But you say, "Well, that's just you talking." Well, okay, fine. Don't take my word for it, take the word of Jesus for it. Speaking after the conclusion of the Last Supper, Jesus said in John 16:25, he said,


25 "These things I have spoken to you in figurative language; an hour is coming when I will no longer speak to you in figurative language, but will tell you plainly of the Father."


Jesus on that night made it plain that he was speaking in figurative terms and yet Catholics just shove all of that aside because it doesn't fit with the system.


So, beloved, Scripture is the final authority. It does not support the notion that the elements are transformed. Indeed, it contradicts it. Now, what does that mean, then? If the elements aren't really transformed and they are what they appear to be, just a wheat wafer, grape wine, then what is happening when they bow before these elements and the priest says to them, "The body of Christ. The body of Christ. The body of Christ," and they nod in agreement? What is happening there? Beloved, it is this: the Mass is a crude idolatry. Crude in the sense that it is just so thoughtless and baseless. It is crude idolatry. It honors earthly created things made by the hands of men and takes those and gives them the worship that should be given, they say they worship these things as they worship the deity of Christ. This is an outrage! This is not a mere difference of opinion. Scripture says in the 10 Commandments, "You shall worship the Lord God and worship him only."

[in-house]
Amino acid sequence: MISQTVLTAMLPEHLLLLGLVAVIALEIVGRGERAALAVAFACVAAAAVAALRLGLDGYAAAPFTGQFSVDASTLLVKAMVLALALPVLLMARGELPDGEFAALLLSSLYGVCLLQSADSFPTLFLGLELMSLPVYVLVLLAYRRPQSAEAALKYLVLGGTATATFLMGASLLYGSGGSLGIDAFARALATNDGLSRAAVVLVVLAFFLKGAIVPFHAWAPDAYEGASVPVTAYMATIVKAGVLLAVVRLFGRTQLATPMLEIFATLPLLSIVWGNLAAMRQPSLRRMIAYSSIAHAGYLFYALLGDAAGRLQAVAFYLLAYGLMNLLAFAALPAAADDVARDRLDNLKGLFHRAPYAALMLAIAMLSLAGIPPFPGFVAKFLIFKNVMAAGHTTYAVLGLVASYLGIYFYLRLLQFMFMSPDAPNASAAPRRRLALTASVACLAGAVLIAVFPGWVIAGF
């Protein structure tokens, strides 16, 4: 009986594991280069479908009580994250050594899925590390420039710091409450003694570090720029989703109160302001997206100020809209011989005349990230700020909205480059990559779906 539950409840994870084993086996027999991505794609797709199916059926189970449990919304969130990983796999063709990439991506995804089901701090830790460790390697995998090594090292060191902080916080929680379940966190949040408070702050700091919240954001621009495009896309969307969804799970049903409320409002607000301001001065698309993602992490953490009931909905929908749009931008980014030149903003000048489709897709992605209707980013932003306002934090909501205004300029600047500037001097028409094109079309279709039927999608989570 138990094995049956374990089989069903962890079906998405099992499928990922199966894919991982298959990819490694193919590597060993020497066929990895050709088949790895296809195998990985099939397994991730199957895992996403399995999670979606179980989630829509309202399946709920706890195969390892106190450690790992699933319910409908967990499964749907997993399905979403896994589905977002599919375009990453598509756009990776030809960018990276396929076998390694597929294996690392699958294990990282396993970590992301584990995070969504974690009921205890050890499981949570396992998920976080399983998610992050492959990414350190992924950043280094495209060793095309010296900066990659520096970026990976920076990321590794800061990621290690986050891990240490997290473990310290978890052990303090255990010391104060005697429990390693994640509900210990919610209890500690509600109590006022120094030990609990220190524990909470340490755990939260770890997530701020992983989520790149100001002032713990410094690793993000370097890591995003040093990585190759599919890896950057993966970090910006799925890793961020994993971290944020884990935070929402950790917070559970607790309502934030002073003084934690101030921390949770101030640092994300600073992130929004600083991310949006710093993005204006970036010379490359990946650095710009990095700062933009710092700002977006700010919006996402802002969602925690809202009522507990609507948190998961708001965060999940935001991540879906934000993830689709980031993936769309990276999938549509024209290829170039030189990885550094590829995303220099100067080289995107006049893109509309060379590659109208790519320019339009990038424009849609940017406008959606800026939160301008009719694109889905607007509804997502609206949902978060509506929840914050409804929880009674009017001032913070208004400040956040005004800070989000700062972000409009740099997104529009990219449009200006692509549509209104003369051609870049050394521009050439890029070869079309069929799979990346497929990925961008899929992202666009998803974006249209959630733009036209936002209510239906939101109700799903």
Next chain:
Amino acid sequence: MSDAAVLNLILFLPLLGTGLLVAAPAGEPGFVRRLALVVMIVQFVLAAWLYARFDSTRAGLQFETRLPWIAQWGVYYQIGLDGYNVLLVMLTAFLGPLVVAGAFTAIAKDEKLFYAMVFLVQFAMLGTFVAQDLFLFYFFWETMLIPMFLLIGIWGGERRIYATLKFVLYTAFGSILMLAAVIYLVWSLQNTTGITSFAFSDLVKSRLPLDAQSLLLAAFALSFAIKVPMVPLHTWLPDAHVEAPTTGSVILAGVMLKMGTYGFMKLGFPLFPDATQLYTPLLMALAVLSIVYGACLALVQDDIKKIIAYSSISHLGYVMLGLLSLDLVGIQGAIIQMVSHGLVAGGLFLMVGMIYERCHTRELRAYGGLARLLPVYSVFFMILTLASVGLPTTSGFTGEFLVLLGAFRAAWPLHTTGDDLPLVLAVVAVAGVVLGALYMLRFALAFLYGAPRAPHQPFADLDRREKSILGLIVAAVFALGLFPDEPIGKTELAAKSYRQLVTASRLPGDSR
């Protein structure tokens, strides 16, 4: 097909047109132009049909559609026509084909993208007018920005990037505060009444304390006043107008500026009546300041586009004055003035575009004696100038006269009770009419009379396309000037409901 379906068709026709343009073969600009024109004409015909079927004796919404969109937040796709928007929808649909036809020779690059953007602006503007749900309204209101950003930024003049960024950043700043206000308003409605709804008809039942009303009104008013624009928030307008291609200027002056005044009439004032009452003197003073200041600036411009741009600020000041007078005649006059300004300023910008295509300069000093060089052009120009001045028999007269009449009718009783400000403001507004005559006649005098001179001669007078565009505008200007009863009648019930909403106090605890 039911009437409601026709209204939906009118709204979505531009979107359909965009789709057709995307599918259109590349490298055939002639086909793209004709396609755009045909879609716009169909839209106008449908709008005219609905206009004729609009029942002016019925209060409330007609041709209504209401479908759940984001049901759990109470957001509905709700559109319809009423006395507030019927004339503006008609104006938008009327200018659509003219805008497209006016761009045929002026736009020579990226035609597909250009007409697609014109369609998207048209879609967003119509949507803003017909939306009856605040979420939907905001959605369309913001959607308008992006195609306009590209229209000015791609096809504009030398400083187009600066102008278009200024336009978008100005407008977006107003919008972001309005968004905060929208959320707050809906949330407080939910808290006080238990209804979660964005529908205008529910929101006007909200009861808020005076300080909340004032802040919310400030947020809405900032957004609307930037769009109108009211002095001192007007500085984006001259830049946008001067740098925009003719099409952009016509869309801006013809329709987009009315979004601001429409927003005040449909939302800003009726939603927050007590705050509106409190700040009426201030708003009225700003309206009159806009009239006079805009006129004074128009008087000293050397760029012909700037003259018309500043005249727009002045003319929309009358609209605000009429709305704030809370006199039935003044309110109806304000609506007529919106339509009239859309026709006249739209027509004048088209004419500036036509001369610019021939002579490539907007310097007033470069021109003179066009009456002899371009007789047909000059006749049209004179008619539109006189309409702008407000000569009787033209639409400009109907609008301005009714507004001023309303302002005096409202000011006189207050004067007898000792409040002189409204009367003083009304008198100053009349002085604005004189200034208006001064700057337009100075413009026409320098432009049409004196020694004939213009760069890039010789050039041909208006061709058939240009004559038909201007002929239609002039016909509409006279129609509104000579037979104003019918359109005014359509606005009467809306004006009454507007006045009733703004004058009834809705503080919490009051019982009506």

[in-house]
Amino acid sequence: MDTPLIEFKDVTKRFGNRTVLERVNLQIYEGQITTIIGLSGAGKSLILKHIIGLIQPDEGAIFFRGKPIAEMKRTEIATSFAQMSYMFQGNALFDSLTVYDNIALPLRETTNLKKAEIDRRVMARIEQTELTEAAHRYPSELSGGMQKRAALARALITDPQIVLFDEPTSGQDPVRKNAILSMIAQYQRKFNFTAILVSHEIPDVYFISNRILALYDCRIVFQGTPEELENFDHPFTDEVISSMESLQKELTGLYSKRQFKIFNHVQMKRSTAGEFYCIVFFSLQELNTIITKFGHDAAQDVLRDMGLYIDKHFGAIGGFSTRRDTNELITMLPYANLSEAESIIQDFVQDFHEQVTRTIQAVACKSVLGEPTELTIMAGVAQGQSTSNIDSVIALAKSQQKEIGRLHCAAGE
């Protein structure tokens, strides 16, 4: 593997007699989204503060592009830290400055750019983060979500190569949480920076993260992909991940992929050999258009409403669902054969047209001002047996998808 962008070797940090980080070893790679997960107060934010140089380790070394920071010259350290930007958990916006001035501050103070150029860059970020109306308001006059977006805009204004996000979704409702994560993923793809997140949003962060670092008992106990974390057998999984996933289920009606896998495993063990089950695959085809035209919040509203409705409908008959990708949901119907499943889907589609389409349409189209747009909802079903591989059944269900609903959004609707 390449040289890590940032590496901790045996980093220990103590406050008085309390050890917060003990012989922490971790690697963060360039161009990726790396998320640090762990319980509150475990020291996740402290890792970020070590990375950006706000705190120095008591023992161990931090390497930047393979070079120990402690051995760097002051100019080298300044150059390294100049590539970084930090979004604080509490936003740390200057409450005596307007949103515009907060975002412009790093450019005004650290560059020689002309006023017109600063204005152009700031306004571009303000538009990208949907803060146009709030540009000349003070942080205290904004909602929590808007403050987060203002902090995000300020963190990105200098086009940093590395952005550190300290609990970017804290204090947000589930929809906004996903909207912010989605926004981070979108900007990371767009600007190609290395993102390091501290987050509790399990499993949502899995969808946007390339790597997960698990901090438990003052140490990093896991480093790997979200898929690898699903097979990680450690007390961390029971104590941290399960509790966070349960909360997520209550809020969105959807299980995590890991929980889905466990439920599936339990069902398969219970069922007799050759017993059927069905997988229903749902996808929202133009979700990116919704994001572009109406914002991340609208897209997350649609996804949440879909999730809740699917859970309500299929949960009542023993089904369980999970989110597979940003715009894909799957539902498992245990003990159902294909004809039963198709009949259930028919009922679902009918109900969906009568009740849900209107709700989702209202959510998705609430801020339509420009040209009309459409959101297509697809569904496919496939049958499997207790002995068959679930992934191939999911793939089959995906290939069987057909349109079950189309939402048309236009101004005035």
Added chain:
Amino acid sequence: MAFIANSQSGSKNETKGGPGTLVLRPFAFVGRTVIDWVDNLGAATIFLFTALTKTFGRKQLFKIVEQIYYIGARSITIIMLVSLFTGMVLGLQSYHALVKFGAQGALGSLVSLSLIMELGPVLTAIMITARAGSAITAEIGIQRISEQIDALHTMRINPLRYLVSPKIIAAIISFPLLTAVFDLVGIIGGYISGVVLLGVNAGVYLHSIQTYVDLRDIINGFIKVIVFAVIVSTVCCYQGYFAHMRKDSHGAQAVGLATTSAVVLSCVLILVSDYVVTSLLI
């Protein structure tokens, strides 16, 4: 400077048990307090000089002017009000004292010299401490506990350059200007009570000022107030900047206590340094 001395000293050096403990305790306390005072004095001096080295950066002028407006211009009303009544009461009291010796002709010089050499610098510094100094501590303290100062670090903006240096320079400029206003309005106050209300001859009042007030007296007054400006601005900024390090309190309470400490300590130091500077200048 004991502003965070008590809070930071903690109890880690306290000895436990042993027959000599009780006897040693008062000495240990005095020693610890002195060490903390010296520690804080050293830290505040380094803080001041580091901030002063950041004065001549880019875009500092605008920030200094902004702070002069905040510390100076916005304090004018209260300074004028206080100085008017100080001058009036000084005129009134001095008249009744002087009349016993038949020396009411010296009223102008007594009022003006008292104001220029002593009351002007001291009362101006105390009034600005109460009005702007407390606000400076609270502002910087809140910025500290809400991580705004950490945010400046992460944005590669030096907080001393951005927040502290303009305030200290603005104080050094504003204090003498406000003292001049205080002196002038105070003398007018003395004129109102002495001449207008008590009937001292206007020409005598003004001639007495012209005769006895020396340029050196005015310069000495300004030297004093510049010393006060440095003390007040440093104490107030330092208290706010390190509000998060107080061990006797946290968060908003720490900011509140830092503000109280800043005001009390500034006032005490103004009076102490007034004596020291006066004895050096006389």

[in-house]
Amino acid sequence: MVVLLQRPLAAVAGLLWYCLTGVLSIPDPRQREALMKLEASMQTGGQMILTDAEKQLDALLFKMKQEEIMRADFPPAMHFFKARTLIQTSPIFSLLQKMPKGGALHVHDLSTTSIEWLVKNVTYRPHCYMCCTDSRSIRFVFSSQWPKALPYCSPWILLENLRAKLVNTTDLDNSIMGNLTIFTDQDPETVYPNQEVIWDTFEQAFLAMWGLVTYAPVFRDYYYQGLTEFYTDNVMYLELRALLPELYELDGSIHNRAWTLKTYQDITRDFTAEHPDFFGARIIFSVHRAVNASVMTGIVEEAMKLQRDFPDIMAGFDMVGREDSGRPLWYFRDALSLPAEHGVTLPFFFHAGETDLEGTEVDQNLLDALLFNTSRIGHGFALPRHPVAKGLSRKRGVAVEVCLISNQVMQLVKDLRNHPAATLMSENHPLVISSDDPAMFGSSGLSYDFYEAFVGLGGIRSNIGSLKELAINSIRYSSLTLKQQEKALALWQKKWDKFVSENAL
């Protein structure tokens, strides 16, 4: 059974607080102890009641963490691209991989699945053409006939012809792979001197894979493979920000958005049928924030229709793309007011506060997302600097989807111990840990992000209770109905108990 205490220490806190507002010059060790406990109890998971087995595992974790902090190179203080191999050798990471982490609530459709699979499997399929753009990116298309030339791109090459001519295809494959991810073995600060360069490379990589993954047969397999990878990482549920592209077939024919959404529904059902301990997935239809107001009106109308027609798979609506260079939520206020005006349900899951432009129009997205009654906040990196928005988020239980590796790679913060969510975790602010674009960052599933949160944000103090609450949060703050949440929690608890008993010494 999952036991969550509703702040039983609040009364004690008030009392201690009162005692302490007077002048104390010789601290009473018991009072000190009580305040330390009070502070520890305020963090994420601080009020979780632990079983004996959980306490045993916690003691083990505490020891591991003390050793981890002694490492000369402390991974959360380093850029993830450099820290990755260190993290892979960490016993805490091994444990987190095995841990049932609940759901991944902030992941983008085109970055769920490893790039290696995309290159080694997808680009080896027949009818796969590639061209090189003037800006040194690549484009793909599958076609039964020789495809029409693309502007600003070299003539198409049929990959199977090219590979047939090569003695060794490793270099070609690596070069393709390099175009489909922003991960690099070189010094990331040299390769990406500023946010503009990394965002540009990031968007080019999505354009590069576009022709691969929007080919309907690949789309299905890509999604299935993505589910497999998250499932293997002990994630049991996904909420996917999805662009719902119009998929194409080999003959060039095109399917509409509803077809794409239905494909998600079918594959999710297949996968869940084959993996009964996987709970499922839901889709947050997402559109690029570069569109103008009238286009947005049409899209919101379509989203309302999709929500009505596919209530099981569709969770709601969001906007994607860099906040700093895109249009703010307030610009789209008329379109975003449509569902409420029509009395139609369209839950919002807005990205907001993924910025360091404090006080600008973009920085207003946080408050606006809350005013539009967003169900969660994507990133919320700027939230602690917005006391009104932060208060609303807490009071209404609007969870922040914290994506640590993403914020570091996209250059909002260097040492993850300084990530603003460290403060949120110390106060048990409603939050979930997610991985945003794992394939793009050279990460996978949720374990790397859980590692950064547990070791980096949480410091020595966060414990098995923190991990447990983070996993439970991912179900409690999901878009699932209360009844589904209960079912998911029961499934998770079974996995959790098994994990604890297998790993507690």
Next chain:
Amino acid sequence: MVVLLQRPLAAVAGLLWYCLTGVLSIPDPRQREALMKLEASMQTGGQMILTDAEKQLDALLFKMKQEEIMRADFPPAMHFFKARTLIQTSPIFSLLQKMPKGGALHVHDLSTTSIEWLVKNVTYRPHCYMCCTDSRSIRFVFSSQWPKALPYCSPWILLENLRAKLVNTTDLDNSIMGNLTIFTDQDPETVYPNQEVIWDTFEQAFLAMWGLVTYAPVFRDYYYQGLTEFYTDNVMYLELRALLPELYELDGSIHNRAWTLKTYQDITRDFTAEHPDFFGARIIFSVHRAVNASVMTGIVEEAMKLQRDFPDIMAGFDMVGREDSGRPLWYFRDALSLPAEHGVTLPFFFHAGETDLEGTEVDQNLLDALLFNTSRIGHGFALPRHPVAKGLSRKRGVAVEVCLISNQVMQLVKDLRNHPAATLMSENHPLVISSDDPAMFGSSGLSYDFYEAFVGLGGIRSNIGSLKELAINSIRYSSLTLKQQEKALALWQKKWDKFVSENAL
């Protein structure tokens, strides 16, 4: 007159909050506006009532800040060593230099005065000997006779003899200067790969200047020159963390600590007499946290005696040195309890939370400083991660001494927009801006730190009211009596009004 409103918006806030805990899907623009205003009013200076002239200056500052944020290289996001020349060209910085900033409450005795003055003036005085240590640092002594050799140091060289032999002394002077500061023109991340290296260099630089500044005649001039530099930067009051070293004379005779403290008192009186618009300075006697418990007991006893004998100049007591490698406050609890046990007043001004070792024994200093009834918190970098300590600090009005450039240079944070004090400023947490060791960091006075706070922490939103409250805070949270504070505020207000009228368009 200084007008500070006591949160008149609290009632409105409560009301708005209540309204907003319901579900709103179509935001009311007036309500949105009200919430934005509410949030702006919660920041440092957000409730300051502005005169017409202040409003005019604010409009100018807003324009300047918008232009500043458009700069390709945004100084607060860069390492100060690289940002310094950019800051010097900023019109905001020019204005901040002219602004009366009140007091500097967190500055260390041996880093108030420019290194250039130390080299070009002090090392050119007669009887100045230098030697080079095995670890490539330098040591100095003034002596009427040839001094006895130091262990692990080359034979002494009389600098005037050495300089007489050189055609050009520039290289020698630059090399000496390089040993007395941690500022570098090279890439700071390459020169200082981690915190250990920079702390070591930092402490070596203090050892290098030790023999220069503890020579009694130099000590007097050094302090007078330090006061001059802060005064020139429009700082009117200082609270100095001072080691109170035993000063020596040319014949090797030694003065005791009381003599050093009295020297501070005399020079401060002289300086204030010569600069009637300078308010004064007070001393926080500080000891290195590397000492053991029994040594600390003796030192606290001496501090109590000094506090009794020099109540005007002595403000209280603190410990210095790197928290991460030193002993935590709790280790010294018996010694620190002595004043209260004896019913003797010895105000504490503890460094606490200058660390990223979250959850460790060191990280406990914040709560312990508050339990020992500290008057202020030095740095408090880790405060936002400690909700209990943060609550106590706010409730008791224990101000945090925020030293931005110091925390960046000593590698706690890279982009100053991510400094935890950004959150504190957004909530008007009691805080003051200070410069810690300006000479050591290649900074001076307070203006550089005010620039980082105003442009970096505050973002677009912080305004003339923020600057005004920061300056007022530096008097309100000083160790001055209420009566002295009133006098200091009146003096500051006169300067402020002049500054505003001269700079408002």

Look, do you remember when Moses went up on the mountain when God gave him the law and he came back and the Jews had made a golden calf to represent God and they were bowing down before it? How did Moses respond? He was so outraged that he threw the tablets down and broke them. It was an outrage that they were worshiping as the true God a calf that they had made with their hands. The Jews had nothing on Catholics. Catholics do something even worse. In the light of fuller revelation than the Jews had, in the light of fuller revelation of Scripture, they hold up a cracker and they bow down and say, "This is my God." There is nothing to be said about that except that that is a horrific sin against the true God. That is idolatry. "You shall worship no other gods." And what does Scripture say? God is Spirit and those who worship him must worship him in spirit and in truth. There is no deity whatsoever to be found in that wafer and in that wine. There is no deity there. What you have instead is a satanic falsehood. They bow down before a false system of worship created by Satan himself. This is serious.